BEA Systems Inc was among more than 50 vendors touting forthcoming business tools at the inaugural Office 2.0 conference in San Francisco.
Office 2.0 is a buzzword that can be broadly defined as business communications and productivity tools used through a Web browser.
Google Inc enterprise products manager Rajen Sheth defined Office 2.0 as being all about collaboration, during the conference.
Sheth, speaking on a panel at the event, said Office 2.0 collaboration will be about composing a document, publishing it, collaborating with others and then being able to easily find that document afterwards. Not surprisingly, we think that search is the navigation part of Office 2.0, he said.
Fellow panelist Ismael Ghalimi, chief executive of open-source BPMS vendor Intalio Inc, said Office 2.0 would enable new office productivity through your web browser.
Currently, workers often collaborate via email and then file various parts of that exchange in disparate enterprise systems, Google’s Sheth said. [Office 2.0] is filling in those gaps, he said.
Key for business users is the ability to share, edit and add outside information to a document in real-time online.
Redwood City, California-based Intalio was among several companies at the event that were readying Office 2.0 products. The 55 or so corporate sponsors of the event represent Office 2.0 developers from products including spreadsheets, tools, databases, everything you can really think of, Ghalimi said.
While the Office 2.0 market was at the beginning of the beginning, Ghalimi said it had quickly moving forward during the past nine months, thanks to improved Web browsers and the advent of Ajax, the Web development technique that enables interactive online applications.
He expects early adopters of Office 2.0 product will be from small to mid-sized businesses and the education market, notably high schools and colleges where students need access to broad volumes of information both on campus and at home.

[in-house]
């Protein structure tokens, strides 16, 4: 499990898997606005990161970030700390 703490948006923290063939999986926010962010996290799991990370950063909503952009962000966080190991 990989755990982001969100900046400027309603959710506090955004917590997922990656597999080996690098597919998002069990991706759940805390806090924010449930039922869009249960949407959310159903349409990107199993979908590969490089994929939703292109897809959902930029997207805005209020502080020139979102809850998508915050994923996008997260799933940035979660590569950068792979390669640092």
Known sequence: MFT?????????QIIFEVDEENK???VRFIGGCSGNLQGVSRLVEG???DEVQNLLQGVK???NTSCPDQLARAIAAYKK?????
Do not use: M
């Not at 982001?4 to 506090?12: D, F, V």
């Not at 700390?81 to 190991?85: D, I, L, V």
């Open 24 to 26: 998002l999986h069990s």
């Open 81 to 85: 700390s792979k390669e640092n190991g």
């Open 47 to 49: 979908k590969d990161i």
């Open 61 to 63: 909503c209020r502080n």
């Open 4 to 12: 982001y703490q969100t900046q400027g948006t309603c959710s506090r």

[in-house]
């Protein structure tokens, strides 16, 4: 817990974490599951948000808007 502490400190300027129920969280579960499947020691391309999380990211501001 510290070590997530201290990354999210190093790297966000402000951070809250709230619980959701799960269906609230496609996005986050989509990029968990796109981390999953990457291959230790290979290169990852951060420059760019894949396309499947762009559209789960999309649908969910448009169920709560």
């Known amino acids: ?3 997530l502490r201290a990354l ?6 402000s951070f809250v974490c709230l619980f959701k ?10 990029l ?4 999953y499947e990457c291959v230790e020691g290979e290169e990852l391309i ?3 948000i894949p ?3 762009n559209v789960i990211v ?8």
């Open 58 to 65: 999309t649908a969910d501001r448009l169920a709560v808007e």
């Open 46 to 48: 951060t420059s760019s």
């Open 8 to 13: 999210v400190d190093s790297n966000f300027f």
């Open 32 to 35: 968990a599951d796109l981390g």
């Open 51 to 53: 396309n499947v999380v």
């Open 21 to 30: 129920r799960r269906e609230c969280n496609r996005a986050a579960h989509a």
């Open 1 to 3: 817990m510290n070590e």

Intalio is readying to release an enterprise version of its PBMS, or business process management system, product in December, following a beta launch in November, Ghalimi said. Essentially, the product will integrate and manage various Office 2.0 and other applications and processes, he said.
BEA used the conference to detail and give its most comprehensive demonstration of its forthcoming Project Builder, first announced at BEAWorld last month.
Project Builder lets non-technical workers to build web-based office applications.
The product includes various web tools, such as forms, databases, blogs, wikis, images and drop-down lists, said Ajay Gandhi, director of marketing of emerging products, in an interview.
He said it would enable workers to solve every-day problems, such as launching a product, hiring a new candidate or formulating a new marketing plan.
By creating an online application to receive input and update an existing document in real time means workers can more quickly come to a decision on the final outcome, he said. It’s creating a work place online, he said. You can work more naturally.
The alternative is a cumbersome string of emails, instant messages and phone calls, Gandhi added.
Every time a user adds a new element to the online document, such as an edit or a outside link to information, a new version of the document is created, as well as a history log of who recorded what and when.
And it’s designed for everyday workers, not the IT department. The goal is that people who can use email can use Builder, he said.
The program is slated for release in the first half of next year and will likely be available for various deployment and pricing options, Gandhi said. It will be marketed to large enterprises.
Karen Leavitt, president of WebOffice at WebEx Communications Inc, said, on an event panel, said that in addition to better communication and collaboration, Office 2.0 would enable workers to better blend their home and office lives.
I really think there will be a time in the future when there’s no such thing as offline, she said. Online will be the new electricity. We just won’t be offline unless we choose to be.
Leavitt’s analogy seemed to unintentionally underscore some of the initial skepticism around Office 2.0; electricity will, after all, remain the new electricity until another form of cheap, reliable and readily accessible power is invented.